Written By Sidney Schwartz
Mediums are the communication link between the physical and the Spirit Worlds. Thus, mediums say they walk in two worlds; which is an accurate metaphor.
I recently attended a demonstration of trance mediumship with Robin Hodson. Robin entered into a deep trance state allowing his Spirit guide, Jacob, to speak through him. Jacob lectured to us for 25 minutes providing us with profound insights into the process of death. Afterward, the spirit guide Jacob invited questions from the audience. He asked anyone who had a question to come to the front of the room and sit next to his entranced medium, so the questioner “would be in his energy.”
Attendees were instructed before the demonstration that all questions must be “philosophical” – “questions that can relate to all people.” Everyone complied with the rule. However, I was awed that every answer Jacob gave became profoundly personal, addressing specific details of each person’s life. This very personal information provided each questioner with counsel, support and even healing.
I Was Suddenly Transported To Another Scene
As I witnessed the process of the Spirit guide Jacob answering questions, in the present, I was suddenly transported to another scene, that took place 3,480 years ago. I was in a tent in a hot, arid desert. Again two people were sitting in the front of the tent. A third person joined them and asked a question. One of the first two people answered the question. I was observing what transpired in Moses’ meeting tent, an event documented in the Bible in Exodus chapter 33. I suddenly felt I was standing in two different time periods, one in 2018 and the other in 1462 B. C.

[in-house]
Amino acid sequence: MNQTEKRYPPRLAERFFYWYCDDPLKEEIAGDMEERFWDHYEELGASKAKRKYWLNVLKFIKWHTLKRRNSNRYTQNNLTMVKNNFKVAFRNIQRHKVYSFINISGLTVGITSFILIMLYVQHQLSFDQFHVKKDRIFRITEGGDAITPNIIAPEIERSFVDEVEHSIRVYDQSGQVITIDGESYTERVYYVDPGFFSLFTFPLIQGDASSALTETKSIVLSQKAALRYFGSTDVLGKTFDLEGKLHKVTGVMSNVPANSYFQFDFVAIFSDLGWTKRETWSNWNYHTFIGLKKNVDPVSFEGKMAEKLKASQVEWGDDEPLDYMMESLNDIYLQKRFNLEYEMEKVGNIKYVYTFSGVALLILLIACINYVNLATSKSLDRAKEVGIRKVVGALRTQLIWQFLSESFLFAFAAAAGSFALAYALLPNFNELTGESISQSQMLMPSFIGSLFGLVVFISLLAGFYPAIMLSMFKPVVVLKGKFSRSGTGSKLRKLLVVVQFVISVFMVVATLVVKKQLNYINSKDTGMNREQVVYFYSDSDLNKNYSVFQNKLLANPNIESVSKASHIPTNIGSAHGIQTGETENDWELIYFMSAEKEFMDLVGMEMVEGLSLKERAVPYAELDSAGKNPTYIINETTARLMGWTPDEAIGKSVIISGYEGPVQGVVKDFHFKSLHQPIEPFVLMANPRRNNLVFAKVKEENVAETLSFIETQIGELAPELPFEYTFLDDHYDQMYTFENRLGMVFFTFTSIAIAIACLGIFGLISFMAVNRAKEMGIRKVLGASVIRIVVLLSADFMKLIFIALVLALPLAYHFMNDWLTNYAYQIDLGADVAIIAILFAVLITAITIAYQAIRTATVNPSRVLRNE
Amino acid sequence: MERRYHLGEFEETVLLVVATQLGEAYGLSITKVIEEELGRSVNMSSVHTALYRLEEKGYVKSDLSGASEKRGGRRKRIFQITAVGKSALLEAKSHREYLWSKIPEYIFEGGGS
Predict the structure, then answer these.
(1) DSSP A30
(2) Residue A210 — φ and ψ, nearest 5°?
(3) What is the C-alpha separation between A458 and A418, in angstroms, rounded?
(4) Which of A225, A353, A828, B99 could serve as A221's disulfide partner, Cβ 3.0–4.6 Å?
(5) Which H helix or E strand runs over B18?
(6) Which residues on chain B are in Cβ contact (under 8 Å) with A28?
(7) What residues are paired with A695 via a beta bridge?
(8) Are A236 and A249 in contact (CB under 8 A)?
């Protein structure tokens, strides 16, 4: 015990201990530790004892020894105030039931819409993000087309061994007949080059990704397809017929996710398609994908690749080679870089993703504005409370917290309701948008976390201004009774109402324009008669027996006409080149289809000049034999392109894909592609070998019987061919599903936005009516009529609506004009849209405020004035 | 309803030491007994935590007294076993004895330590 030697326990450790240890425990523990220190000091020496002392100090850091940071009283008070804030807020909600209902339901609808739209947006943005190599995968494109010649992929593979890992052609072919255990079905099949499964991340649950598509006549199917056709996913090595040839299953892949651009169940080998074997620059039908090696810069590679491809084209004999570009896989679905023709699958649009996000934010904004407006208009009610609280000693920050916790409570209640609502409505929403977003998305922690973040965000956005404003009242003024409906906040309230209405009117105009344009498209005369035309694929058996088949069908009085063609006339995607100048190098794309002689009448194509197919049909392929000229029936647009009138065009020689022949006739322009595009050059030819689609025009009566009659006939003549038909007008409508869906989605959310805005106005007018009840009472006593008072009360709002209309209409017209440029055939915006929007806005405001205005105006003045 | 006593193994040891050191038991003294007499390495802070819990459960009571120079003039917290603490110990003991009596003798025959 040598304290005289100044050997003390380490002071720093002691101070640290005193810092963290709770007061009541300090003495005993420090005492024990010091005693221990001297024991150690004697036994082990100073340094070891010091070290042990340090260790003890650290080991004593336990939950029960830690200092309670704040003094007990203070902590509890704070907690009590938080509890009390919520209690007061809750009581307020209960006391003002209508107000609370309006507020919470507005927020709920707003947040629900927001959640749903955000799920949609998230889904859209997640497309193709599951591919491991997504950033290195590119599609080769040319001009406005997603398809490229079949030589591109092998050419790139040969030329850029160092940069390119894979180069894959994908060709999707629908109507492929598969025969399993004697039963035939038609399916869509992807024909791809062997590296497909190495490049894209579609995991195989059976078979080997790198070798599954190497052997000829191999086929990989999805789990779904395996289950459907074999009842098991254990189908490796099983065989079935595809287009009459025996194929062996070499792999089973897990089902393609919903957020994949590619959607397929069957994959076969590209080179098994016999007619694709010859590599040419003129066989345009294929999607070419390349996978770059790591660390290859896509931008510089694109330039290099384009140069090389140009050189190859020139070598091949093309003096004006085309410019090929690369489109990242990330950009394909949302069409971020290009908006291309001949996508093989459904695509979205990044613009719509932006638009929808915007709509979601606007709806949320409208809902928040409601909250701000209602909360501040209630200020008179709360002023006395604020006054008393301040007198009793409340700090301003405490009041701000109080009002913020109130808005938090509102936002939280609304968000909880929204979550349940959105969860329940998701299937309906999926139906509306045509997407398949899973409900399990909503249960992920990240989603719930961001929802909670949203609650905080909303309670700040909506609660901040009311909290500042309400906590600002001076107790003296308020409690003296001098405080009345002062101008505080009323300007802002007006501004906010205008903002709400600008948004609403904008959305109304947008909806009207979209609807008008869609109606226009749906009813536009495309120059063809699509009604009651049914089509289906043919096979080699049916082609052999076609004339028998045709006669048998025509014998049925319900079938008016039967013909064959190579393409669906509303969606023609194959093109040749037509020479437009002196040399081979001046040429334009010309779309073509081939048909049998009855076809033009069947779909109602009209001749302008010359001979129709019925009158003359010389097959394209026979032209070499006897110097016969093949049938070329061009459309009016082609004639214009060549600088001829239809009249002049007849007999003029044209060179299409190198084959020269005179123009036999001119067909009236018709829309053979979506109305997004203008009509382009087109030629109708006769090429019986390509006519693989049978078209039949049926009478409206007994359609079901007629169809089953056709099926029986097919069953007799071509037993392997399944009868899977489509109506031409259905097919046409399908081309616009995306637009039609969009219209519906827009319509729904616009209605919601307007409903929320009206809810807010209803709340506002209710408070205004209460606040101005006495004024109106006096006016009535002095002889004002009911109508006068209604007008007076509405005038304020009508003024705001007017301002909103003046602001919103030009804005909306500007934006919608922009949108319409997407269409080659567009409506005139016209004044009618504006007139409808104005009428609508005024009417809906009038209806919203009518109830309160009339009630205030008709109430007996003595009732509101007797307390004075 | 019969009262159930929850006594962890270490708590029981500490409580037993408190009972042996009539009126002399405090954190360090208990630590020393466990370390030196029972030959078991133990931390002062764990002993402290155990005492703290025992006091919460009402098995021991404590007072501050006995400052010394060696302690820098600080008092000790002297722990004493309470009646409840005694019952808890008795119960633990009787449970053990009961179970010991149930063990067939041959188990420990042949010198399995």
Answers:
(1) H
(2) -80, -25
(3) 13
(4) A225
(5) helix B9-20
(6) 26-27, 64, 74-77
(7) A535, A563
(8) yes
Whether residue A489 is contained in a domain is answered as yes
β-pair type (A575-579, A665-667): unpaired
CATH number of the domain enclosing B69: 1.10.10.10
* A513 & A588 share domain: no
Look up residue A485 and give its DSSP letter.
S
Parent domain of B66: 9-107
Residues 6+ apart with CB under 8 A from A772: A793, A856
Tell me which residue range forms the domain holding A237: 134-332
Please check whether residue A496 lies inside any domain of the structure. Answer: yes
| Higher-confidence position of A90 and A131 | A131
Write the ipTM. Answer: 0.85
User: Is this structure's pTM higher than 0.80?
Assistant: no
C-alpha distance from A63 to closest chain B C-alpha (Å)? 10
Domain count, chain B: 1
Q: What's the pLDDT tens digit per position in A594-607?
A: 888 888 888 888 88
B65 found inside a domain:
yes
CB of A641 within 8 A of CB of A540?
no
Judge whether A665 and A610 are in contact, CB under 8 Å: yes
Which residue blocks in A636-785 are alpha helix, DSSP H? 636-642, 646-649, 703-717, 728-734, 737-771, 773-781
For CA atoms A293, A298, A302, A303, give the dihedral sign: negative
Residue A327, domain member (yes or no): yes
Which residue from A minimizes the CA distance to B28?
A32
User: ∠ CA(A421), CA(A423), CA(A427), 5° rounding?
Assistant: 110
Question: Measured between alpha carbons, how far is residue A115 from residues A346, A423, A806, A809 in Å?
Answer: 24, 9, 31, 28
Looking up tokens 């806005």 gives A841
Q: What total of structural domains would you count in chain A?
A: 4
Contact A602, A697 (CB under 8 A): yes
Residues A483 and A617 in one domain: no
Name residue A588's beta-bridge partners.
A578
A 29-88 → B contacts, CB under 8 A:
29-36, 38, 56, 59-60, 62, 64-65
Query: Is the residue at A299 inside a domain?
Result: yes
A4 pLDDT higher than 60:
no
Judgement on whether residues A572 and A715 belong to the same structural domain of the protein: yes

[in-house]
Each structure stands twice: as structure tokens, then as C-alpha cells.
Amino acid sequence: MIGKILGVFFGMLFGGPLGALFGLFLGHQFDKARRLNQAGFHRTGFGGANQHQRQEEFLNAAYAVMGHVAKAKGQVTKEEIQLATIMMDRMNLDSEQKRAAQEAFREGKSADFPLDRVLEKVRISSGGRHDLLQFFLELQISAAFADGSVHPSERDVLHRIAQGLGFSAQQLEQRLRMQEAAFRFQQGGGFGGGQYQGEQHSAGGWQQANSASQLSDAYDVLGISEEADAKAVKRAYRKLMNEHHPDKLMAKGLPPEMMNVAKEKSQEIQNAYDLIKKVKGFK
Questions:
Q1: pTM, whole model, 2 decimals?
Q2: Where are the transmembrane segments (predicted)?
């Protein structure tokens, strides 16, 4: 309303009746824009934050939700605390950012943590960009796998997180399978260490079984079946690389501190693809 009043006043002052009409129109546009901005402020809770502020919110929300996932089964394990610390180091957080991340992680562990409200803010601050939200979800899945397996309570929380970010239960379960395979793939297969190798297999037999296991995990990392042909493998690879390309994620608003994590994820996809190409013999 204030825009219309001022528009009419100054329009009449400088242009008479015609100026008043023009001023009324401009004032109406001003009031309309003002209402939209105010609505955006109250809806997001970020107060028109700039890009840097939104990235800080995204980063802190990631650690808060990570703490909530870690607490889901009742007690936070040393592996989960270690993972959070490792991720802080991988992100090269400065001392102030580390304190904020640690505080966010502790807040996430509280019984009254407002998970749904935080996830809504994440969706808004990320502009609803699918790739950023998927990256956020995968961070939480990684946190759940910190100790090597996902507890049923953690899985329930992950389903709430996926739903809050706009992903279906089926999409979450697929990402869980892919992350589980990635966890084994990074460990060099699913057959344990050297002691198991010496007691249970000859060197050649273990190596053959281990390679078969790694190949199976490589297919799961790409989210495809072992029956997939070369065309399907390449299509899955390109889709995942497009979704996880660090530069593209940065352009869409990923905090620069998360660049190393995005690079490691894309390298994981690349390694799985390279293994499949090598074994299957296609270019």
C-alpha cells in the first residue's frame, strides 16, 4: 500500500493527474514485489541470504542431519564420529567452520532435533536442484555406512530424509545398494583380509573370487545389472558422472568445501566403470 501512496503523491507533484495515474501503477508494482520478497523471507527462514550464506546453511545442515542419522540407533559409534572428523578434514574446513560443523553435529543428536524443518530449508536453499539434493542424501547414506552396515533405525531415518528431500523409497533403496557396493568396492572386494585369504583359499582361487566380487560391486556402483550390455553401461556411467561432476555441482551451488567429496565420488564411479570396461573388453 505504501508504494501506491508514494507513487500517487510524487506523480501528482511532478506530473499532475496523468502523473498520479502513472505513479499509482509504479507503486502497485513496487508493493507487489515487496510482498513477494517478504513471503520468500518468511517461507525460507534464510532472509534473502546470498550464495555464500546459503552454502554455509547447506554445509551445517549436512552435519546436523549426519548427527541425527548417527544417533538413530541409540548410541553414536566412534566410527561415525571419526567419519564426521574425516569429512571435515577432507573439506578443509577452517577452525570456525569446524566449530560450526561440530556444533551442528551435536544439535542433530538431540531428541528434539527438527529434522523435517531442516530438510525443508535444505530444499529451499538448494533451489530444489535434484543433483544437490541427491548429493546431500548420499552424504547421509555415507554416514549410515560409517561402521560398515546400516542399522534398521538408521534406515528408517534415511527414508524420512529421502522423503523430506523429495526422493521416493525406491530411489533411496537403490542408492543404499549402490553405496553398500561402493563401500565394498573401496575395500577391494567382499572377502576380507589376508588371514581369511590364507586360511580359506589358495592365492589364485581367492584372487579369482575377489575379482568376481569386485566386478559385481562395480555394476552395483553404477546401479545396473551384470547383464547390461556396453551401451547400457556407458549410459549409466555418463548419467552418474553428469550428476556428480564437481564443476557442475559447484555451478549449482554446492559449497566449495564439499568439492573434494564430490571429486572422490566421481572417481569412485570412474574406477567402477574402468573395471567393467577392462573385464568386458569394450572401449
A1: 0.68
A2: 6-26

This unique experience did not surprise me, because I learned early in my education of mediumship in the Bible: “The laws of psychic science have never changed. What happened in Biblical times can still happen today, under suitable conditions.”
I became quite emotional, as I realized how similar Robin’s trance demonstration was to what occurred in the Bible. Suddenly, I could hear a voice in my head reciting a Bible verse: “And Moses took the tabernacle, and pitched it without the camp, afar off from the camp, and called it the Tabernacle of the congregation.”
252 Translations of the Old Testament
I recognized the first half of the 7th verse in chapter 33 of the book of Exodus as it is written in the King James Bible [KJV]. The name of the Tabernacle, מוֹעֵד אֹהֶל/‘ohel mow`ed, varies in the 252 translations of the Old Testament I studied. Bible translators created 48 different variations to translate the Hebrew phrase. I will discuss only 2 of them in this article.
While KJV used the phrase Tabernacle of the congregation, THB used the phrase Tent of Appointed Meeting; which is a direct literal translation of the Hebrew words. THB is also psychically correct because it is essential for a medium who wants to work with Spirit on a regular basis, to fix an appointment with Spirit.
The other psychically accurate translation which described what I was witnessing in that hotel meeting room with Jacob was ETHJ‘s phrase: Tabernacle of the House of Instruction. Listening to Jacob speak was identical to attending a college professor’s lecture. Jacob’s subject was death, and he instructed us not only about the process but what one experiences during and after the transition from the physical world into the Spirit World. It was indeed highly instructive with unique information not found in any book.